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Coaching Spotlight: Al Washington

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He’s young. He can recruit. Don Brown handpicked him to help with the linebackers.

NCAA Football: Michigan at Maryland Brad Mills-USA TODAY Sports

“He’s my dude, man.”

Khaleke Hudson used very Don Brown language to describe former Don Brown disciple Al Washington. It’s no coincidence Washington sounds just like his old boss.

Coming from a one-year stint as Luke Fickell’s defensive line coach at Cincinnati, Washington now shares linebacker responsibilities with Brown.

His main job may be to reignite Michigan’s presence on the recruiting trail, and as seen by the noise this summer, his influence is palpable.


Washington originally hails from Columbus, Ohio, where he graduated from Bishop Watterson High. He followed those parochial roots to Boston College where he started for three years at defensive tackle. Much like fellow Ohioan Ed Warinner, he openly talks about how he escaped from his former state.

Unlike Warinner — a 30-year veteran with a focus on one position — Washington just finished the first decade of a journeyman coaching career. He coached defensive linemen at D-III Rensselaer Polytechnic Institute in New York, grad assisted at North Carolina State, helmed linemen at Slippery Rock and focused on linebackers at Elon.

He returned to his alma mater in 2012 and ran into Don Brown one year later.

Back in Beantown

Washington coached running backs from 2013-15 and earned Brown’s respect.

“He gave me love and he gave me mentorship,” Washington said during spring practices, “even though I was on the offensive side (of the ball).”

It’s probably due to the fact that Washington produced prolific backs Brown had to face every practice in Chestnut Hill. The most notable was 2014 Doak Walker Award-winner Andre Williams, the first ACC back to win it.

When Brown left for Ann Arbor, Washington slid over to defensive ends and linebackers, collaborating with veteran coach Paul Pasqualoni. In 2016, the Eagles averaged 3.5 sacks per game, led by current Tennessee Titan outside backer Harold Landry’s 15 takedowns. The rush defense also finished No. 8 nationally, despite a schedule featuring elite programs such as Clemson and Florida State.*

*Both were huge blowouts, but one can conclude BC simply lacked Brown’s schemes. Both teams scuffled against BC in Brown’s last year.

Last season at Cincinnati, he finally got the chance to run an FBS defensive line by himself. While 2017 saw a steep regression for the Cincy defense, don’t overthink it. By week two, Washington was forced to convert 300-pound defensive tackles to defensive ends. It wasn’t ideal.

His real role at Michigan

There are two things to consider with Washington in Ann Arbor. First, he gets to continue his journey of mentorship — from Brown to Pasqualoni to Fickell back to Brown. This is an energetic coach who produced results in Boston, so much like fellow assistant Chris Partridge, he is a candidate to stick around and run different position groups in the future.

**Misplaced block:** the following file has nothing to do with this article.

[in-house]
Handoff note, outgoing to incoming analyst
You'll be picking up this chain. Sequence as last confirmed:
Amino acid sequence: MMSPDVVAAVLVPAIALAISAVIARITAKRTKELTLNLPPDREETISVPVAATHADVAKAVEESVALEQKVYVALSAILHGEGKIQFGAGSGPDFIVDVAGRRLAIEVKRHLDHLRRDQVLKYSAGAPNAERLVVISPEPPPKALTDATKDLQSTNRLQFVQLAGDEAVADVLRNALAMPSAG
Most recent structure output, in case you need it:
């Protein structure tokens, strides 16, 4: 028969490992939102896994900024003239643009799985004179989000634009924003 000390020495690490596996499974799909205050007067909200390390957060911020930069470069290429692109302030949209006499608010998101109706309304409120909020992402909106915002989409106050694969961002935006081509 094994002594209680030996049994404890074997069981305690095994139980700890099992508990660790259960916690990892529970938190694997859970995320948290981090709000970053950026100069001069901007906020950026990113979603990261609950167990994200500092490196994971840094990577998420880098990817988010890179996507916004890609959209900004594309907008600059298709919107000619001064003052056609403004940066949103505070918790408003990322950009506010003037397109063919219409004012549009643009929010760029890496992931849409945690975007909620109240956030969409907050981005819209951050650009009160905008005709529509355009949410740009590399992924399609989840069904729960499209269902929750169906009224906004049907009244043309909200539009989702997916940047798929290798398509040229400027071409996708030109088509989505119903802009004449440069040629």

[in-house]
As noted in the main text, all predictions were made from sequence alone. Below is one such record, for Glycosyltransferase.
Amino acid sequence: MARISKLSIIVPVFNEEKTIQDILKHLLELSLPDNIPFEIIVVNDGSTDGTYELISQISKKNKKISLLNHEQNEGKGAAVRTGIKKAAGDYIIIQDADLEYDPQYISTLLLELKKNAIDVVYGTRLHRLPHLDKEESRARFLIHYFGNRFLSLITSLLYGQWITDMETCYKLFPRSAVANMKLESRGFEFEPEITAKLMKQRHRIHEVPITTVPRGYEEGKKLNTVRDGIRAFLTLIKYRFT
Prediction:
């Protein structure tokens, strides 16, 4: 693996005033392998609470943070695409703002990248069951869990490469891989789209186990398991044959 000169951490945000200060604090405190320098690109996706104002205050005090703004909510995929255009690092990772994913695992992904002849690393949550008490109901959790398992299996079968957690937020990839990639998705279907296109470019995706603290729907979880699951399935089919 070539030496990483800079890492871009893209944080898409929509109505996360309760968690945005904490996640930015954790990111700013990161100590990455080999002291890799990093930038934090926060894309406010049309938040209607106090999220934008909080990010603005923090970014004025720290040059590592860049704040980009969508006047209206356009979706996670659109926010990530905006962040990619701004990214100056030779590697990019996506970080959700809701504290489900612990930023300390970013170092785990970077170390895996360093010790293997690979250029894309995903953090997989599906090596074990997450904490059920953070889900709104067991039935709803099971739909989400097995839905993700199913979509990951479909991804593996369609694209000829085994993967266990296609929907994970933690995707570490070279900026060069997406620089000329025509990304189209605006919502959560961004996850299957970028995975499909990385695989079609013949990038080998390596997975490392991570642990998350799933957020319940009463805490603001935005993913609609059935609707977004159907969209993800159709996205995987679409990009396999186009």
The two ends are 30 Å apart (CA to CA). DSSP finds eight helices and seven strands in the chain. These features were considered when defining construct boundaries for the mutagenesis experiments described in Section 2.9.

His bigger role is to be the recruiting guru, and he's hit the ground running. He already garnered pledges from six 2019 prospects, including 247 four-star offensive tackle Trente Jones and “future Devin Funchess” Erick All.

He succeeds with kids by treating them, “like (his) younger brother.”

He currently is the point-man on several elite recruitments, most notably 5-star defensive end Zach Harrison, the No. 1 recruit in Ohio that lives minutes from Columbus. Since Washington entered the picture, Harrison is “more confused than ever” about his future college choice — presumed for years to be the Buckeyes.

He barely even considered Ann Arbor until Washington entered the picture.

“I didn’t really like (Michigan) that much, then Coach Washington got there and he brought me back and I had a good time,” Harrison said to 247Sports’ Steve Wiltfong ($). “He took care of my family and now it’s one of my favorite schools. He really made an effort to get me on campus and show me a good time.”

Add in the close pursuits of 4-stars Kalen Deloach and Wandale Robinson, and the Washington effect is real. Michigan now ranks No. 5 on the 247Sports team rankings, as opposed to No. 21 last cycle.

The outlook

Washington, at worst, will be an excellent ambassador for Michigan on the recruiting trail. At best, he will follow the trajectory of former Brown lieutenant Brian Smith — now the defensive coordinator at Rice.

Smith worked with Brown at UMass, then worked different positional jobs before reuniting with his mentor from 2016-17. He used his time to climb the coaching ladder.

Brown picked Washington to help him for a reason. This season, he gets to elevate the play of two potential all-conference backers in Hudson and Devin Bush.

He’s got great linebackers to work with for his first year on the job. If he keeps up his great work on the recruiting trail, as well, he will have plenty more to work with for years to come.